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Kevin Wagner, Ph.D. - Florida Atlantic University. Boca Raton, FL, US

Kevin Wagner, Ph.D.

Professor and Department Chair | Florida Atlantic University


Kevin Wagner's research and teaching interests include judicial politics, political behavior and legislative behavior




Kevin Wagner, Ph.D. Publication Kevin Wagner, Ph.D. Publication




Expert: Florida Loss Would Hurt Rubio




Kevin Wagner received his J.D. from the University of Florida and worked as an attorney and member of the Florida Bar with the law firm of Scott, Harris, Bryan, Barra, and Jorgensen in Palm Beach Gardens, Florida. He returned to the University of Florida five years later to earn an M.A. and Ph.D in political science.

Wagner has lectured extensively on American Politics and has been cited in many leading newspapers including the New York Times, Boston Globe, New York Newsday, the Dallas Morning News, and the Miami Herald. He has been featured as the political analyst for CBS 12 in West Palm Beach and on national television including NBC’s “The Today Show.”

His work has been published in leading journals and law reviews including American Review of Politics, Journal of Legislative Studies, and Politics and Policy.

Wagner has presented at national conferences including the American Political Science Association, the Southern Political Science Association and the Midwest Political Science Association. His recent work focuses on the affects of technology on politics and campaigning and is currently completing a book with Roman and Littlefield Press entitled "Click and Reboot: How the Internet is Revolutionizing American Politics." His other research focuses in the areas of American Institutions, American Political Development, Judicial Politics, Political Behavior, and Research Methods.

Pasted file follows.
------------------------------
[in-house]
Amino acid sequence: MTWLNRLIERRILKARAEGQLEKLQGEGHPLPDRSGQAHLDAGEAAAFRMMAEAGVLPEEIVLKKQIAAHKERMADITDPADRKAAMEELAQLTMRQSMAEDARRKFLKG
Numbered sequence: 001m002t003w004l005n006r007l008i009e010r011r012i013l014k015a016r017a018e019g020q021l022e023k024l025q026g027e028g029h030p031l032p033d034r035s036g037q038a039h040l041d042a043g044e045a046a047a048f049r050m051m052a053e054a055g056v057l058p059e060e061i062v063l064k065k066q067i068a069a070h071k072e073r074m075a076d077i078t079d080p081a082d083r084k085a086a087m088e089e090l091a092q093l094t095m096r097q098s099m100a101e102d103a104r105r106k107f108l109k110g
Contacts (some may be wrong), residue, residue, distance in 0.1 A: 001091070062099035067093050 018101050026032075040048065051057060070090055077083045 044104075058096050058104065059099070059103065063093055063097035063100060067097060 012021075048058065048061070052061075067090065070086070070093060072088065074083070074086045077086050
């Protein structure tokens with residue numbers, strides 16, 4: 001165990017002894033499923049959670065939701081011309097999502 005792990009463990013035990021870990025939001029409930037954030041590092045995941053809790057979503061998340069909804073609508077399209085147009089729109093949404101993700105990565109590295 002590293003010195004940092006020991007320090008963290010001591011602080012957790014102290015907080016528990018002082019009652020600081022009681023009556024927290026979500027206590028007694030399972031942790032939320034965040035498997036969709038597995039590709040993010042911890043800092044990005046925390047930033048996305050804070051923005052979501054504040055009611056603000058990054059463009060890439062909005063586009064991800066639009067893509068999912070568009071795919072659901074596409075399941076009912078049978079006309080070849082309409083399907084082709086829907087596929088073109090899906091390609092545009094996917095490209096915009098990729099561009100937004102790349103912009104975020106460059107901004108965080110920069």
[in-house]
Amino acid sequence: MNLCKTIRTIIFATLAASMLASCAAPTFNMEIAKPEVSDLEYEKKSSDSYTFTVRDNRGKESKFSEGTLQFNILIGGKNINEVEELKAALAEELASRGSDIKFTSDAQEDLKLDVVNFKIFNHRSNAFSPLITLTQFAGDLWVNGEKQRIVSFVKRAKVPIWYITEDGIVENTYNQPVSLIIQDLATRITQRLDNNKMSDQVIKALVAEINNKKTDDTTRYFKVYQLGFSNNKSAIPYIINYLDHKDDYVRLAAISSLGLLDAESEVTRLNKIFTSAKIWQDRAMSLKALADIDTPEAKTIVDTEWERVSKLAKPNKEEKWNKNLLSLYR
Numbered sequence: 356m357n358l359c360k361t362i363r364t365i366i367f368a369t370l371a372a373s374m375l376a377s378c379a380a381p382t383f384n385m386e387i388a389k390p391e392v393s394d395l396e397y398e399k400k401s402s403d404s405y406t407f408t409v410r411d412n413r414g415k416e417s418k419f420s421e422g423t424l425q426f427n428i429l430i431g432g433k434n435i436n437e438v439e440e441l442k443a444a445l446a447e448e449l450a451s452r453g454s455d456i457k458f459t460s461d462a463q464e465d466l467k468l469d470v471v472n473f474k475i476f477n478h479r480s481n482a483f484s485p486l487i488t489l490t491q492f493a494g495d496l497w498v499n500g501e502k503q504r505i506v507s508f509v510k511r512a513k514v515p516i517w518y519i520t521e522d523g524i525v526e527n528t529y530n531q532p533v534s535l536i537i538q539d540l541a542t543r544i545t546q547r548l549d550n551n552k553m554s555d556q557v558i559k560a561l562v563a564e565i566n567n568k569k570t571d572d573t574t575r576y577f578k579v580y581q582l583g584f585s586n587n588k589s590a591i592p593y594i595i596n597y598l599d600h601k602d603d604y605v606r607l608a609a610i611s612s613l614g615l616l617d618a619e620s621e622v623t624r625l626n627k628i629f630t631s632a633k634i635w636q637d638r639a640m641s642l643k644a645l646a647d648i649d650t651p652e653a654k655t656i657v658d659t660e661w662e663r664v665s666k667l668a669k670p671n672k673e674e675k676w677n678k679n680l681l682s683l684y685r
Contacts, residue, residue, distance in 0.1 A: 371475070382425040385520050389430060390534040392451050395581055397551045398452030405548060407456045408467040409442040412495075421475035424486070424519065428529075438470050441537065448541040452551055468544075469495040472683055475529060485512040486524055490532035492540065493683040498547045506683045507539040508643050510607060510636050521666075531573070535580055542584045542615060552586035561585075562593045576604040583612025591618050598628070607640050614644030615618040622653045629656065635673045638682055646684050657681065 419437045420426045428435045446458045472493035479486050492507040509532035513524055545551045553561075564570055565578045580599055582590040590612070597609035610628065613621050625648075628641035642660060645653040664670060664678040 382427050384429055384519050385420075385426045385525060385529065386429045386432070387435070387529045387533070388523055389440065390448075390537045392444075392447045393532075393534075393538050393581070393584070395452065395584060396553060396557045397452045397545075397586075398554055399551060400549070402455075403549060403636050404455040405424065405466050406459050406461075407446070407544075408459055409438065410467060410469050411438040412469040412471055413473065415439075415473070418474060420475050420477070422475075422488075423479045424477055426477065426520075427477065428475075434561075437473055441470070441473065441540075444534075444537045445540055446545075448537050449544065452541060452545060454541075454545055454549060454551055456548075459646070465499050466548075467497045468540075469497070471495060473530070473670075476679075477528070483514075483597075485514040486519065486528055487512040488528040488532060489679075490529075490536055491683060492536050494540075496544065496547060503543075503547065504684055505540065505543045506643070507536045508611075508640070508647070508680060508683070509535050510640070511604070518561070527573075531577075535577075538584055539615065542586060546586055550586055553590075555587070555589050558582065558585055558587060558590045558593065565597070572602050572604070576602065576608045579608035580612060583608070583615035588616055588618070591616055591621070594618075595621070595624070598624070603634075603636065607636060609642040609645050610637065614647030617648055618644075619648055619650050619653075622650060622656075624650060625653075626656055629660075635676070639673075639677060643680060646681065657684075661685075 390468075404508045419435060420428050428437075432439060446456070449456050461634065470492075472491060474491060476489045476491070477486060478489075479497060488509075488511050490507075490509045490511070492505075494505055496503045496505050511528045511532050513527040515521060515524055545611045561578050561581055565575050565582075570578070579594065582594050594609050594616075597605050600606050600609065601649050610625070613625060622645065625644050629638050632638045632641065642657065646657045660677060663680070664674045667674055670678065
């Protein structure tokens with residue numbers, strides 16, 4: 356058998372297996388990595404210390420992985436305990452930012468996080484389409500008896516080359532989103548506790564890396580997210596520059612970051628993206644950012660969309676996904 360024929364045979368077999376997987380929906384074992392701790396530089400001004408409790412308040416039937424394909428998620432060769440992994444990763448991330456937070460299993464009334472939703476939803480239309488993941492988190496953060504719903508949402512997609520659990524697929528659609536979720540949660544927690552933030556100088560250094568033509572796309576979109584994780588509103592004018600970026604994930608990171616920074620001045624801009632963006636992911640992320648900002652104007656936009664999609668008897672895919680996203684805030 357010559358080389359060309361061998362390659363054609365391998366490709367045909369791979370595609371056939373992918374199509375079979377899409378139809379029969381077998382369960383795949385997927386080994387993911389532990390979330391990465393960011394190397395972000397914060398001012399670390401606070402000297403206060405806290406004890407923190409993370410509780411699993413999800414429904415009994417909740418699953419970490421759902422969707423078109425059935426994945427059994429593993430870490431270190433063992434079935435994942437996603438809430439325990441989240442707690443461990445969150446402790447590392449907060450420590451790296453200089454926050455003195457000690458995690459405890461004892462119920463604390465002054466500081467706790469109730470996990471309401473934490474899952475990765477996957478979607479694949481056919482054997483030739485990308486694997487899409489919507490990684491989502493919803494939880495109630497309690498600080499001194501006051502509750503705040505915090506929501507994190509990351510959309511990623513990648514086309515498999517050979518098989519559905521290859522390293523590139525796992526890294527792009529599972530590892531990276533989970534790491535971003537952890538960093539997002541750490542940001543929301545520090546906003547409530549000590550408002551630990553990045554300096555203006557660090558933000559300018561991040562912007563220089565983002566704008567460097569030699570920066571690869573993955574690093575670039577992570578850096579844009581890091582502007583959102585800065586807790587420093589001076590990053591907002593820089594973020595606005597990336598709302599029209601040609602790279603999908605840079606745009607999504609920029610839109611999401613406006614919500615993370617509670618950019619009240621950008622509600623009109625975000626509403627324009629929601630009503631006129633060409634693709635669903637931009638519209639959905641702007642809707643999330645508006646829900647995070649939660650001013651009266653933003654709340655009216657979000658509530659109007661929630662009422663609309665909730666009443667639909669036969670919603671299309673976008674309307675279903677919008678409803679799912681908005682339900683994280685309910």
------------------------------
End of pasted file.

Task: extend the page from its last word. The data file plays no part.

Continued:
Areas of Expertise (7)

Florida Politics

Politics in Film and Fiction

Research Methods

Public Opinion and American Politics

Political Party and Interest Groups

Media in Politics

Judicial Politics

Accomplishments (3)

Lifelong Learning Society Distinguished Professor in Current Affairs

2017 / 2018

Dorothy F. Schmidt College of Arts and Letters: Scholar of the Year Nominee


Lifelong Learning Society Distinguished Professor in Current Affairs

2013 / 2014

Education (4)

University of Florida: Ph.D., American Politics, Political Behavior, and Methodology 2005

University of Florida: M.A., American Politics, Political Behavior, and Methodology 2002

University of Florida, Frederic G. Levin College of Law: J.D., Law 1996

Florida State University: B.A., International Relations 1993

Affiliations (6)

  • American Political Science Association
  • Midwest Political Science Association
  • Southern Political Science Association
  • Florida Political Science Association
  • American Bar Association
  • The Florida Bar

Selected Media Appearances (3)

Trump Ally Ron DeSantis Wins Florida Governor's Race



“DeSantis winning illustrates that the president’s power to motivate Republican voters is still very strong," said Kevin Wagner, professor of political science at Florida Atlantic University in Boca Raton...

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Florida voters more concerned about health care, economy and immigration than guns

South Florida Sun Sentinel  


“The fact that we’re talking about immigration is consistent with the [news] coverage of the immigration issue and how much the president has been focused on it,” said Kevin Wagner, a political scientist at Florida Atlantic University and a research fellow at FAU’s Business and Economics Polling Initiative...

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Despite all those Rick Scott TV ads going after Bill Nelson, poll finds Florida voters unmoved

South Florida Sun Sentinel